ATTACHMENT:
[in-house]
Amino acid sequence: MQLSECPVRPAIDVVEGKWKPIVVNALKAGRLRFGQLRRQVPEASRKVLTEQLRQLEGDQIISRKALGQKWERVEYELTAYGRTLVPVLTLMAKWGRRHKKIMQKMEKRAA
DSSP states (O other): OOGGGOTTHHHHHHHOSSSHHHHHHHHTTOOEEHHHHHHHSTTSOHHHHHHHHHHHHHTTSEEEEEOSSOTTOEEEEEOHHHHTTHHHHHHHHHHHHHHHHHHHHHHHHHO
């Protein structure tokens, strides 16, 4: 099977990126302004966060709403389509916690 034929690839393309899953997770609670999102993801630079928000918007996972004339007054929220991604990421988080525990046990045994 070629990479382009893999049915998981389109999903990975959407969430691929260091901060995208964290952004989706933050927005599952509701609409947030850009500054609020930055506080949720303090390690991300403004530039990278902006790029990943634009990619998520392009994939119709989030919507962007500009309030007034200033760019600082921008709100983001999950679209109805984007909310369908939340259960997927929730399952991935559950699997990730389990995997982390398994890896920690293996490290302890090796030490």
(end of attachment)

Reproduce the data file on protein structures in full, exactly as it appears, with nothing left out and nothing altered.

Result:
[in-house]
Amino acid sequence: MQLSECPVRPAIDVVEGKWKPIVVNALKAGRLRFGQLRRQVPEASRKVLTEQLRQLEGDQIISRKALGQKWERVEYELTAYGRTLVPVLTLMAKWGRRHKKIMQKMEKRAA
DSSP states (O other): OOGGGOTTHHHHHHHOSSSHHHHHHHHTTOOEEHHHHHHHSTTSOHHHHHHHHHHHHHTTSEEEEEOSSOTTOEEEEEOHHHHTTHHHHHHHHHHHHHHHHHHHHHHHHHO
């Protein structure tokens, strides 16, 4: 099977990126302004966060709403389509916690 034929690839393309899953997770609670999102993801630079928000918007996972004339007054929220991604990421988080525990046990045994 070629990479382009893999049915998981389109999903990975959407969430691929260091901060995208964290952004989706933050927005599952509701609409947030850009500054609020930055506080949720303090390690991300403004530039990278902006790029990943634009990619998520392009994939119709989030919507962007500009309030007034200033760019600082921008709100983001999950679209109805984007909310369908939340259960997927929730399952991935559950699997990730389990995997982390398994890896920690293996490290302890090796030490």